Prime Minister Justin Trudeau said he was “terribly saddened” by the new discovery at Marieval Indian Residential School about 87 miles (140 km) from the provincial capital Regina.

He told indigenous people that “the hurt and the trauma that you feel is Canada’s responsibility to bear.”

It is not clear how many of the remains detected belong to children, Cowessess First Nation Chief Cadmus Delorme told reporters.

He said the church that ran the school removed the headstones.

“We didn’t remove the headstones. Removing headstones is a crime in this country. We are treating this like a crime scene,” he said.

The residential school system, which operated between 1831 and 1996, removed about 150,000 indigenous children from their families and brought them to Christian residential schools run on behalf of the federal government.

“Canada will be known as a nation who tried to exterminate the First Nations. Now we have evidence,” said Bobby Cameron, Chief of the Federation of Sovereign Indigenous Nations, which represents 74 First Nations in Saskatchewan.

“This is just the beginning.”

Canada’s Truth and Reconciliation Commission, which published a report that found the country’s residential school system amounted to cultural genocide, has said a cemetery was left on the Marieval site after the school building was demolished.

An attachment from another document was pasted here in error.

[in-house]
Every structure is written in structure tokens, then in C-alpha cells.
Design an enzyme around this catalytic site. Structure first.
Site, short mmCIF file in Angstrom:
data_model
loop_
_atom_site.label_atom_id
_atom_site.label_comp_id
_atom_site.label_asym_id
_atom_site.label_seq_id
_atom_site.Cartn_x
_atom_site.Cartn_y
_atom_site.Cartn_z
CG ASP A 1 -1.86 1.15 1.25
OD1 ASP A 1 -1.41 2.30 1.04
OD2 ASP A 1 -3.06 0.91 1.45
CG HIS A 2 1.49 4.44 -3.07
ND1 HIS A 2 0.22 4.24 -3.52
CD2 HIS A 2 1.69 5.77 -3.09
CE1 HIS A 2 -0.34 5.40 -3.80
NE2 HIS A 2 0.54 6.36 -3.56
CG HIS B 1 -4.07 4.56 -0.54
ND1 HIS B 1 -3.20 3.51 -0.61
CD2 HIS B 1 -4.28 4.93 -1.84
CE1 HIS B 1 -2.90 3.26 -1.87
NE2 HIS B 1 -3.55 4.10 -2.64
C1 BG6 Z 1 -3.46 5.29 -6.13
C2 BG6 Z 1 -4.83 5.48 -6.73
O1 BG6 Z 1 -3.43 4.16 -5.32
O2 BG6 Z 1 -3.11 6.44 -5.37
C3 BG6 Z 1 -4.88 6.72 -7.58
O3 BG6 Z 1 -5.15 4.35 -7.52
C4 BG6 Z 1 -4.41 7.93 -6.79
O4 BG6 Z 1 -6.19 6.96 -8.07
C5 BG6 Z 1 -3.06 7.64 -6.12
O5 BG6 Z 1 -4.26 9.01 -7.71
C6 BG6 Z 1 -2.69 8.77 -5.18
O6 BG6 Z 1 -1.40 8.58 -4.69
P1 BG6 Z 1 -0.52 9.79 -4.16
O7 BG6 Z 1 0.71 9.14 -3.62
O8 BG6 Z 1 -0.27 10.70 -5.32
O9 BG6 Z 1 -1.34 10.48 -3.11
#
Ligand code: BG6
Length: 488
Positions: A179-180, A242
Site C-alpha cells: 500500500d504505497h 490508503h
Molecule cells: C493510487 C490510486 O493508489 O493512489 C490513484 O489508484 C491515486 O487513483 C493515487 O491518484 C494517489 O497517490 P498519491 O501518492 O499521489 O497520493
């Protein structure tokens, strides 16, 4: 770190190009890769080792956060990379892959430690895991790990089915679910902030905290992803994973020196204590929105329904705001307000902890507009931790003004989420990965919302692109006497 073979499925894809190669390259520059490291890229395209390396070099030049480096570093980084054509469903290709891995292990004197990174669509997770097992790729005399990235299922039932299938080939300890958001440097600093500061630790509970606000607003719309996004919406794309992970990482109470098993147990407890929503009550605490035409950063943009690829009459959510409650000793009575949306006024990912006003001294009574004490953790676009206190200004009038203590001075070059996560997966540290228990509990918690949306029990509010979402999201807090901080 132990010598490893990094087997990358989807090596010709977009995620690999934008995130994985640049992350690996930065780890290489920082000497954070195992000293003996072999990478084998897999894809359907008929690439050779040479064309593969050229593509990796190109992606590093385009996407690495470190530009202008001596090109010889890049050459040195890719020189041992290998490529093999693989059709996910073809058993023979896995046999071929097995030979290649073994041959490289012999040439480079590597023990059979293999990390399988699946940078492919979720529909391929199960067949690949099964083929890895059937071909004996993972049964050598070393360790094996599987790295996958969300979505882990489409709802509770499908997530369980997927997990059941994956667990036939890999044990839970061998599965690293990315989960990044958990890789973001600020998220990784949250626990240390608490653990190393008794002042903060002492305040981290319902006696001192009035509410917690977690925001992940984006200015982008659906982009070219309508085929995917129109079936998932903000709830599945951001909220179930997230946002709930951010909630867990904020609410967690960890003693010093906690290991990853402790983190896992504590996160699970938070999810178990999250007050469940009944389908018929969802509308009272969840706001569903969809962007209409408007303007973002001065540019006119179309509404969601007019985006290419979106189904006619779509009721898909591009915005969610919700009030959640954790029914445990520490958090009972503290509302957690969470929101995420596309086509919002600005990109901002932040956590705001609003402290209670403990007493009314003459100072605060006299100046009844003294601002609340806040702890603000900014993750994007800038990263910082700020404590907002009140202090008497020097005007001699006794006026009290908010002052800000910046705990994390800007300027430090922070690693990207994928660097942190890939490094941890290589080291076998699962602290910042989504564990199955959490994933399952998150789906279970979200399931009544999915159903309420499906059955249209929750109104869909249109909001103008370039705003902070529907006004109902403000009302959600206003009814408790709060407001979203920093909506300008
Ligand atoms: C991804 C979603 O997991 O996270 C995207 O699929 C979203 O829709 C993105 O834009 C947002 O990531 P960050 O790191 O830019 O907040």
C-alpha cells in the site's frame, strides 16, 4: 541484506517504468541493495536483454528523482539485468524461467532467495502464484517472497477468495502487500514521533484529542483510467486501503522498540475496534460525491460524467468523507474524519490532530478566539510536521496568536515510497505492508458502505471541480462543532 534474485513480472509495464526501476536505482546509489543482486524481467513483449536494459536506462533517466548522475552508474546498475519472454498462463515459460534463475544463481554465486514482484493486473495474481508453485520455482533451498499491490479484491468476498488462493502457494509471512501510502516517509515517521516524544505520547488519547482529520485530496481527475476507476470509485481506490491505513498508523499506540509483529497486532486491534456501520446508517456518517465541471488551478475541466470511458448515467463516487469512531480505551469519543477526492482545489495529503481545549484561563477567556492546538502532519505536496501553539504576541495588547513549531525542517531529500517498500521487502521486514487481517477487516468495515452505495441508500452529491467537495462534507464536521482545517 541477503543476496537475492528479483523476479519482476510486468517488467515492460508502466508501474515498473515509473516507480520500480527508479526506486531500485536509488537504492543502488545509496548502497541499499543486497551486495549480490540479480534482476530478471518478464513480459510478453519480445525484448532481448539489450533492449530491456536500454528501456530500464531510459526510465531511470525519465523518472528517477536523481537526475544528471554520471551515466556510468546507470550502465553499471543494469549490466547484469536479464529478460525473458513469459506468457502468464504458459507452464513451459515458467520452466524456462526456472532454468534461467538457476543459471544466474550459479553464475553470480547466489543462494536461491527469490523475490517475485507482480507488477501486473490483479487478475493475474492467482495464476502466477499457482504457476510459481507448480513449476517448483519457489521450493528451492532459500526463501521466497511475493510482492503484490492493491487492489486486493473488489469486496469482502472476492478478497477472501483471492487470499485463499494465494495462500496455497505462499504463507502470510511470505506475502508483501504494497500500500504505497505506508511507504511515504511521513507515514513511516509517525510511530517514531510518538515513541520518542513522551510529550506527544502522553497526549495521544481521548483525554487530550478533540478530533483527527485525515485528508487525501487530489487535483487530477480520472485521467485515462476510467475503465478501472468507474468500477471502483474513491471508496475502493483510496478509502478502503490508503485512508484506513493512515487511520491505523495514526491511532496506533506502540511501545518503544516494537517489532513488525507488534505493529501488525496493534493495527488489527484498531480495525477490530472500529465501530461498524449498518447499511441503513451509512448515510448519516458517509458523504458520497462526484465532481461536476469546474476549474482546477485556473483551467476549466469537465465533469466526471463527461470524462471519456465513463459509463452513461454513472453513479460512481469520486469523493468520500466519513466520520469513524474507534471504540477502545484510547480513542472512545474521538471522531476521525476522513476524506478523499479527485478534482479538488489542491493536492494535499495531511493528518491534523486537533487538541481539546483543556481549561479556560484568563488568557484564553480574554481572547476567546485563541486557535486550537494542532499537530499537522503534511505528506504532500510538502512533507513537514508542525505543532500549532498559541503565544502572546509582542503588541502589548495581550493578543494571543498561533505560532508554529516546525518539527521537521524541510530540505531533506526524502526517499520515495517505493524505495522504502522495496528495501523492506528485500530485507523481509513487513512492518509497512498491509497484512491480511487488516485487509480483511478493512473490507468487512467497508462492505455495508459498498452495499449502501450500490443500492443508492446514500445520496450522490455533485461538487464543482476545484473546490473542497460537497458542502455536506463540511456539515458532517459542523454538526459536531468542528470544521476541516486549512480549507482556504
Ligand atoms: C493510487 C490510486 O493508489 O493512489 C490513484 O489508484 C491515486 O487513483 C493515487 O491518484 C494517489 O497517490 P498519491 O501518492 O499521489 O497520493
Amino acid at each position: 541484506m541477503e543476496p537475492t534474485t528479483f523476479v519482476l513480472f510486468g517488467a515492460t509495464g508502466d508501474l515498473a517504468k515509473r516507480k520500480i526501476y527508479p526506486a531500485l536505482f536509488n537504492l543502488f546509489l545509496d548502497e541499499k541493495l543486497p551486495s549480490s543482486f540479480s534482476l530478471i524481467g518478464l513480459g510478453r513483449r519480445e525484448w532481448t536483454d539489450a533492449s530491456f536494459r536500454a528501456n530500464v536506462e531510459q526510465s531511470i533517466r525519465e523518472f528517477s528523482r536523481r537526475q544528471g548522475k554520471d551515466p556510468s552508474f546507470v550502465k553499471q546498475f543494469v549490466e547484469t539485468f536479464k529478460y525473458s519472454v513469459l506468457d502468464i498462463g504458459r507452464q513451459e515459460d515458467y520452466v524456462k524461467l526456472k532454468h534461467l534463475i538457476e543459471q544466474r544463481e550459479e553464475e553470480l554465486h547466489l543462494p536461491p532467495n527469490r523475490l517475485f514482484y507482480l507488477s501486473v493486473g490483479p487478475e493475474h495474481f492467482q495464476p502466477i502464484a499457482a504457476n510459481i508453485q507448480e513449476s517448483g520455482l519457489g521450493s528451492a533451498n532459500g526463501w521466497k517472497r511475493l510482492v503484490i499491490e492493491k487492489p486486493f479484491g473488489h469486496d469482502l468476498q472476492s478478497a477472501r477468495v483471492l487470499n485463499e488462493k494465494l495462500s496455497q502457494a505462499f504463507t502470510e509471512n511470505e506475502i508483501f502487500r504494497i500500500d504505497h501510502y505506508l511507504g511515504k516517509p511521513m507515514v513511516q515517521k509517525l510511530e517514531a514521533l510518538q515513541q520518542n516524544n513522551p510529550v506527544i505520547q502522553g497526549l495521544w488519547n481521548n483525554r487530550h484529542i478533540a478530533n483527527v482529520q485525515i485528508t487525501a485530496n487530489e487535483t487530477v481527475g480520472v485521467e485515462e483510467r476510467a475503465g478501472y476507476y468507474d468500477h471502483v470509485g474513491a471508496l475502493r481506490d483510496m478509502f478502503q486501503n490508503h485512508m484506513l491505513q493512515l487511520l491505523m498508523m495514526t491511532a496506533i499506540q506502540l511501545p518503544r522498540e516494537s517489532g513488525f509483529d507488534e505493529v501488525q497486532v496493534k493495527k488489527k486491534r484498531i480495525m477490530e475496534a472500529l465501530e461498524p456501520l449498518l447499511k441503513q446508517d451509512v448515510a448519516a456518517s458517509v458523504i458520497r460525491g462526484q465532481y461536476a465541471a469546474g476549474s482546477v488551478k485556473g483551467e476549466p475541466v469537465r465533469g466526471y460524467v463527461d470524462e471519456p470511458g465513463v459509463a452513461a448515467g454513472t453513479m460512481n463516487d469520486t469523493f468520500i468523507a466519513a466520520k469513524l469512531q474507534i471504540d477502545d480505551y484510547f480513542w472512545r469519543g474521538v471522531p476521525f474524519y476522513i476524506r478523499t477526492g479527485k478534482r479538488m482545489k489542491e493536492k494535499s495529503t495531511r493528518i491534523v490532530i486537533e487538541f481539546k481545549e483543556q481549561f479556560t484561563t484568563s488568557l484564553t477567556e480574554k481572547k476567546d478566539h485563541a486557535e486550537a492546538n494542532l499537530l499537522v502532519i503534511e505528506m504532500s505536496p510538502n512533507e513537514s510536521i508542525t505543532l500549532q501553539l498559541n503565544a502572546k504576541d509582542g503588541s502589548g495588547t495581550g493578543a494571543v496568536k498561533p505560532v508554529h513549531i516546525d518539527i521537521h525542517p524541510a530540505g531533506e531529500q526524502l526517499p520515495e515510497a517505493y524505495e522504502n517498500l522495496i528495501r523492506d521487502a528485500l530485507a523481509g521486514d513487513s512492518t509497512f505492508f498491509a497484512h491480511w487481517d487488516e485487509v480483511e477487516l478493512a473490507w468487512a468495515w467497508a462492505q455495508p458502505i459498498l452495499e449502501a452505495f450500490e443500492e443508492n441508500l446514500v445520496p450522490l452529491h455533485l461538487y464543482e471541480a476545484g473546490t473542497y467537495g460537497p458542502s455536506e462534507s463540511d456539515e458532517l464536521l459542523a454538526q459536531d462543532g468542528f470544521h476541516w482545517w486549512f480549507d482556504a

Cowessess First Nation has been in touch with the local Catholic archdiocese and Delorme said he is optimistic they will provide records allowing them to identify the remains.

“We have full faith that the Roman Catholic Church will release our records. They haven’t told us ‘No.’ We just don’t have them yet.”

The Cowessess First Nation began a ground-penetrating radar search on June 2, after the discovery of 215 unmarked graves at the Kamloops Residential School in British Columbia outraged the country.

The Kamloops discovery reopened old wounds in Canada about the lack of information and accountability around the residential school system, which forcibly separated indigenous children from their families and subjected them to malnutrition and physical and sexual abuse.

Pope Francis said in early June that he was pained by the Kamloops revelation and called for respect for the rights and cultures of native peoples. But he stopped short of the direct apology some Canadians had demanded.

(Reporting by Anna Mehler Paperny in Toronto and Moira Warburton in VancouverEditing by Chizu Nomiyama and Alistair Bell)